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Old 04-16-2007, 06:41 AM   #1
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Question Pectin vs Sugar with added pectin

Can someone tell me whether i can make jam using sugar that has added pectin? I can't locate just pectin where i live...i had made crab apple jelly with this and it worked fine but i am not sure whether this would work for jam...thanks for any input!!

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Old 04-16-2007, 08:53 AM   #2
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I'm preety sure that you can and that I have....sorry I can't be more definite, but I imagine you'd be fine. :)
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Old 04-16-2007, 08:59 AM   #3
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thanks for your feedback lulu...i will go ahead and give it a try....living here is great but sometimes not finding all the ingredients can give you a headache!!
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Old 04-16-2007, 08:51 PM   #4
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A lot depends on the fruit(s) you are using to make your jams, Maris. I make jams every year without any added pectin.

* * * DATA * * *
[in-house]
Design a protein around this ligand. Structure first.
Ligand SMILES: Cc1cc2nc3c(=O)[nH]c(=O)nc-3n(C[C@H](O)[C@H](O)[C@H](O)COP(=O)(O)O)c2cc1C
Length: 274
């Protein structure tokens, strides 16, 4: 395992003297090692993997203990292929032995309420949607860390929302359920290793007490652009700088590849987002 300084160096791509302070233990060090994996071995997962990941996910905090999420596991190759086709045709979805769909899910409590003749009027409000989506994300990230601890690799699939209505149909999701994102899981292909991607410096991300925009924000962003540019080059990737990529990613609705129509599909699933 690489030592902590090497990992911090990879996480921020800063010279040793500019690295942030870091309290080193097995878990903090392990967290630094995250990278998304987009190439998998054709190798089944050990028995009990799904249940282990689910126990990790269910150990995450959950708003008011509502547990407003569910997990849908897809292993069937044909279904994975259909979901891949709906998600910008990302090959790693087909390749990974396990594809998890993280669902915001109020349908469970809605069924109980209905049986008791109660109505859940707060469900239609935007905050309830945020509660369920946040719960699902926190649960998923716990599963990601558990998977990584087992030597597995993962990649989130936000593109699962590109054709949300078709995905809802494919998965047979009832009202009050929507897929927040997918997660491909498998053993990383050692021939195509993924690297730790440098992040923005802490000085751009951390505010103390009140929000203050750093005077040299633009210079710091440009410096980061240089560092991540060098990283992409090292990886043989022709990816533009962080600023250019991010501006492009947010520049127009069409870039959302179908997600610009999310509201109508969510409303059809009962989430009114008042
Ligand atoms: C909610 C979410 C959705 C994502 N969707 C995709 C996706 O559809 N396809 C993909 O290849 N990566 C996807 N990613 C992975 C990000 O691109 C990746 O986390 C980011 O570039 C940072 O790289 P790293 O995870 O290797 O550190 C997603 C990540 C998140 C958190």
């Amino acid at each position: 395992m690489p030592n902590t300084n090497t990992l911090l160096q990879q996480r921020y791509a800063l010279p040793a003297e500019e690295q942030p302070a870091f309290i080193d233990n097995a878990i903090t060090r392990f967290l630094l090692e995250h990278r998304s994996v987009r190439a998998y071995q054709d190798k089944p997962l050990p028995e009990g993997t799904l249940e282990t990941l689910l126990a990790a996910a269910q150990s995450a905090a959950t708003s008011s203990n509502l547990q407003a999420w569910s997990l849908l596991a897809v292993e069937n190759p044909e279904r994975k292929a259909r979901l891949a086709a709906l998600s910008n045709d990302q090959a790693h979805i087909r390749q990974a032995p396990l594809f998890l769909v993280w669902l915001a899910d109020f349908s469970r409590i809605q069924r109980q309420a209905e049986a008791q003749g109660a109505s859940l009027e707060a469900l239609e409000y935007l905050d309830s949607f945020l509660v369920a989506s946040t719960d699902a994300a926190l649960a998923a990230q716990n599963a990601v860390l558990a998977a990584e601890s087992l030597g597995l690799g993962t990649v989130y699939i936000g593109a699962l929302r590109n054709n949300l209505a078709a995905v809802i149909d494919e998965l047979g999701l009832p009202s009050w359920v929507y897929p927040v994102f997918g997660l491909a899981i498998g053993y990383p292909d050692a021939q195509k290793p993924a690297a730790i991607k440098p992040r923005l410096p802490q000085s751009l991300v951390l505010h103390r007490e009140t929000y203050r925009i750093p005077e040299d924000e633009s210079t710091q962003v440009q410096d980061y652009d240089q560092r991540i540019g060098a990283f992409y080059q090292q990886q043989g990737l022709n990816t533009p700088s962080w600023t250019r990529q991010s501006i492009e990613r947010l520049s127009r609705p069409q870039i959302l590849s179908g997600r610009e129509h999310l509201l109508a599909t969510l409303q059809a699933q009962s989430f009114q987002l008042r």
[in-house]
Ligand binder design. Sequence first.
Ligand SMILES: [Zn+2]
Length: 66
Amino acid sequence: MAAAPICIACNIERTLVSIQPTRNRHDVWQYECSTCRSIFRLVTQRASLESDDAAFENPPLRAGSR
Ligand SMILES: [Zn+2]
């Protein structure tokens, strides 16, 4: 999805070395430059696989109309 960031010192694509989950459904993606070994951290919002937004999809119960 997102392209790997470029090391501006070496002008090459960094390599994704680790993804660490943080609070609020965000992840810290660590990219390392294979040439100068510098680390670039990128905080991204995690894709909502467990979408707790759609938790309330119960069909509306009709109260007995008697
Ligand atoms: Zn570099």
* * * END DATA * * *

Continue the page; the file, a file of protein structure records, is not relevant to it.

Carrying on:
You might find this site of some help - the Making Jams and Jellies section of the USDA National Center for Home Food Preservation. It has several recipes for jams and jellies that do not require pectin - just plain sugar.

If you are using sugar with powdered pectin already added to it ... you might want to check with the producer to see if they have any recipes for using their product.

Let us know what you are trying to make and maybe we can help you find a recipe.
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Old 04-17-2007, 02:56 AM   #5
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Thanks Michael for the input and web link....i want to make strawberry jam (for the first time) but was not sure of a) if you can without adding pectin b) if the sugar with added pectin would add too much pectin...
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Old 04-18-2007, 10:36 PM   #6
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Maris - thanks for asking a question that taught me something new!